Although Jesus Christ is the central figure of Christianity, the world’s largest religion, he was also Jewish and practiced the faith and its social customs accordingly. He was raised in a Jewish home, attended synagogue and followed Jewish traditions. However, as the Bible’s New Testament describes, it is also clear that Jesus had ongoing disputes with the Pharisees – a Jewish, religious party that existed during Jesus’ time – and is often perceived as having rebelled against several Judaic laws and customs.

Breaking with Sabbath

One of the more frequently cited examples of Jesus breaking with Jewish custom was violating the traditional practices of Sabbath, which has traditionally been a time of rest for practicing Jews. However, as described in the New Testament, Jesus broke with this period of rest. For example, as reiterated in Matthew 12:1-2: “At that time Jesus went through the grain fields on the Sabbath. His disciples were hungry and began to pick some heads of grain and eat them. When the Pharisees saw this, they said to him, ‘Look! Your disciples are doing what is unlawful on the Sabbath.’”

Breaking with Elders

During a meal, the Pharisees accuse Jesus for allowing his disciples to eat before they wash their hands, which, according to the Pharisees, was doing away with a tradition long practiced by their elders; this was a sign of disrespect: “Then some Pharisees and teachers of the law came to Jesus from Jerusalem and asked, ‘Why do your discipline break the tradition of the elders? They don’t wash their hands before they eat!’” (Matthew 15:1-2). Jesus goes on to rebuke the Pharisees, calling them “hypocrites."

Adultery

The New Testament also describes an instance when Jesus chooses not to stone a woman who has committed adultery, although traditional Judaic law states that adultery must be punished by death: “The teachers of the law and the Pharisees brought in a woman caught in adultery. They made her stand before the group and said to Jesus, ‘Teacher, this woman was caught in the act of adultery. In the Law Moses commanded us to stone such women,’” (John. 8:3-5). Jesus replies by stating that only the sinless has the right to “cast the first stone.” As a result, everyone walks away, and the woman is not harmed.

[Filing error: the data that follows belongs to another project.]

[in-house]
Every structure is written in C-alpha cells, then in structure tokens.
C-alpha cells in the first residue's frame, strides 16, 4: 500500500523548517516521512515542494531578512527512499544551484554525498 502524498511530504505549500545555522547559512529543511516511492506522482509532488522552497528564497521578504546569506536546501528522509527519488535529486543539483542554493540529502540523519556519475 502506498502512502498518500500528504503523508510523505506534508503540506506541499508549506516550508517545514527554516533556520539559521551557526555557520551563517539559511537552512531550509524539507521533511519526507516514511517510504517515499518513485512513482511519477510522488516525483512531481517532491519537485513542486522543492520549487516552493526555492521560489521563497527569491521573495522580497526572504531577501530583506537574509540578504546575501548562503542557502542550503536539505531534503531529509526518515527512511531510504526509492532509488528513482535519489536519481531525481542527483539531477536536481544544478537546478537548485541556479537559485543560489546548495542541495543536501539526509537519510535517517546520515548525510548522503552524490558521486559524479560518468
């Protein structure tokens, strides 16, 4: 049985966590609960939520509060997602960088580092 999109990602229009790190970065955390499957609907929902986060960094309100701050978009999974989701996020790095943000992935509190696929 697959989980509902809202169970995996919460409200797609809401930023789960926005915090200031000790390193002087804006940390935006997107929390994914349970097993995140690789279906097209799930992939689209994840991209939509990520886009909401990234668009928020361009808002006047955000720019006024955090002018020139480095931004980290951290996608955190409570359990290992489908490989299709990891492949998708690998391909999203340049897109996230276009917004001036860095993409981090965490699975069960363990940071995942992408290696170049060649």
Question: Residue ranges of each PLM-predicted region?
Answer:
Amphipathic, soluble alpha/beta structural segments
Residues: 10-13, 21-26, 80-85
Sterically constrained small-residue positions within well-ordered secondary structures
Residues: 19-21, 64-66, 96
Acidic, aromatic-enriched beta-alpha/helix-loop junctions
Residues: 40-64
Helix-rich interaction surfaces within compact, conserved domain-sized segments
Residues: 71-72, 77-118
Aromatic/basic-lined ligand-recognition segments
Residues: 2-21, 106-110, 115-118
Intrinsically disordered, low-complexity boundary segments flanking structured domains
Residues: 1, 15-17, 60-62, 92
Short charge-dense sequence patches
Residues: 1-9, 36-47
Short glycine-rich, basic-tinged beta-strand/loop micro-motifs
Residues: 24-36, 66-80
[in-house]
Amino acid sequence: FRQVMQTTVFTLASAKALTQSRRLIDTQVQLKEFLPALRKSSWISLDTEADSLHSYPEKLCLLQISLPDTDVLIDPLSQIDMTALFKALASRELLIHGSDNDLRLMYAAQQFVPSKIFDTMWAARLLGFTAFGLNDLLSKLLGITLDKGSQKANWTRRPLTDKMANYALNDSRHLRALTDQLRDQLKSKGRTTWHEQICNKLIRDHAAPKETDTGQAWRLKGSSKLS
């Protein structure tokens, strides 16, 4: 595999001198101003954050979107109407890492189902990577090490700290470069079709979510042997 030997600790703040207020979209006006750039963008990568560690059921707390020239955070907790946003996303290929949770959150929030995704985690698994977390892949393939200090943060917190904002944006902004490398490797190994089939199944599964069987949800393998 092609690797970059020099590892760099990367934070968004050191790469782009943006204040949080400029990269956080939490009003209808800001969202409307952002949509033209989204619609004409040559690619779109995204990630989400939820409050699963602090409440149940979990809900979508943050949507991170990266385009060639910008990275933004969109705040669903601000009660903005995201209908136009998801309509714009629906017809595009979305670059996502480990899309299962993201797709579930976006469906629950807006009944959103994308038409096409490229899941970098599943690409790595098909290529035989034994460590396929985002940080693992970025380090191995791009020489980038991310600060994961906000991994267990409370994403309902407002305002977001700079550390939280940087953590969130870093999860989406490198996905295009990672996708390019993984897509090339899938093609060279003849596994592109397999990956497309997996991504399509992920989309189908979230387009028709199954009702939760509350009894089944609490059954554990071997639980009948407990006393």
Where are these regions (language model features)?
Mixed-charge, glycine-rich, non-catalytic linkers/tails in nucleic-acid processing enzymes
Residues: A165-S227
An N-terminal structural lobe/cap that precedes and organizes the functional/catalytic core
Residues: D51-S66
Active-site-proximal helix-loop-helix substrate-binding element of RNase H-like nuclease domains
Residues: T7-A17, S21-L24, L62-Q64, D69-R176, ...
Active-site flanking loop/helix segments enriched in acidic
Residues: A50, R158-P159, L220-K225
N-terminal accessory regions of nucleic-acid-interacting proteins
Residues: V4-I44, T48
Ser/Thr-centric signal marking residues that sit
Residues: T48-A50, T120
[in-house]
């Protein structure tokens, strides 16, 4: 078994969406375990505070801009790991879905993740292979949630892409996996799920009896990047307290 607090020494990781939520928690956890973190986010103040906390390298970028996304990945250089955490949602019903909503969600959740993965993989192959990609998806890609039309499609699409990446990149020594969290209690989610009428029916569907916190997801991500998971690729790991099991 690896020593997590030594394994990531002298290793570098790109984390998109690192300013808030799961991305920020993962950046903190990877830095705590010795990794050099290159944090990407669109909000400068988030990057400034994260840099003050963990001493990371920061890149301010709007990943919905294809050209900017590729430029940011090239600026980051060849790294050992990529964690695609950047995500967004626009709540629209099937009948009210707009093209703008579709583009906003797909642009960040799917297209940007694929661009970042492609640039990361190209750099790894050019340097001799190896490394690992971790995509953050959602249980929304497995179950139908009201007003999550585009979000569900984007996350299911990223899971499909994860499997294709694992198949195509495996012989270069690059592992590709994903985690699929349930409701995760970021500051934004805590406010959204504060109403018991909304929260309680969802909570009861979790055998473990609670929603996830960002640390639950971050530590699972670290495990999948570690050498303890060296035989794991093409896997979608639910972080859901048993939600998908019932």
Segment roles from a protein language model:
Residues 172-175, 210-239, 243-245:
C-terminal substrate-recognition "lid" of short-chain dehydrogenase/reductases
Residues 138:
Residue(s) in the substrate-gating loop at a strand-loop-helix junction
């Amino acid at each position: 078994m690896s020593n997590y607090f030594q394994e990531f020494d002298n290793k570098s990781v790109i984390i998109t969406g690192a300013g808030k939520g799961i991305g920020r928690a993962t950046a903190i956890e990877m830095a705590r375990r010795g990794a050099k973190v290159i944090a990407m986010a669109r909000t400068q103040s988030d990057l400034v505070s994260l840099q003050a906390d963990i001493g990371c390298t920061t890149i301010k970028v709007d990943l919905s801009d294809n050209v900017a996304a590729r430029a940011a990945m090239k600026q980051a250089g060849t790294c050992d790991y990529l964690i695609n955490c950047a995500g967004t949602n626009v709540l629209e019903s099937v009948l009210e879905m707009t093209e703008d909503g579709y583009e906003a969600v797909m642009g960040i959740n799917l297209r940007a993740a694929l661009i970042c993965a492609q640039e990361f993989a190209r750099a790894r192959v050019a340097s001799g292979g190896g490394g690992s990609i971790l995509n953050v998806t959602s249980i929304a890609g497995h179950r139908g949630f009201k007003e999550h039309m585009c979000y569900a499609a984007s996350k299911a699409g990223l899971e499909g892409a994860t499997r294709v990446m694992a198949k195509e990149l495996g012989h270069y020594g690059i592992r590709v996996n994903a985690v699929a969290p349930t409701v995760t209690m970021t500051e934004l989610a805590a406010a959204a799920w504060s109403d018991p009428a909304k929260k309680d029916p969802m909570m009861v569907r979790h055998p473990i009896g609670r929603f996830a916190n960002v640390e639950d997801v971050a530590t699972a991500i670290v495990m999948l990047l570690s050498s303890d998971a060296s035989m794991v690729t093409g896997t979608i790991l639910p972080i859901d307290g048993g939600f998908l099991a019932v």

Socializing with Samaritans

As was custom during Jesus’ time, Jews did not interact or associate with Samaritans, who were scorned by Jews who had returned to Palestine (now Israel) following the Babylonian Exile. However, as described in the New Testament, Jesus broke with this tradition: “The Samaritan woman said to him, ‘You are a Jew and I am a Samaritan woman. How can you ask me for a drink?’ (For Jews do not associate with Samaritans). Jesus answered her, ‘If you knew the gift of God and who it is that asks you for a drink, you would have asked him and he would have given you living water,’” (John 4: 7-10).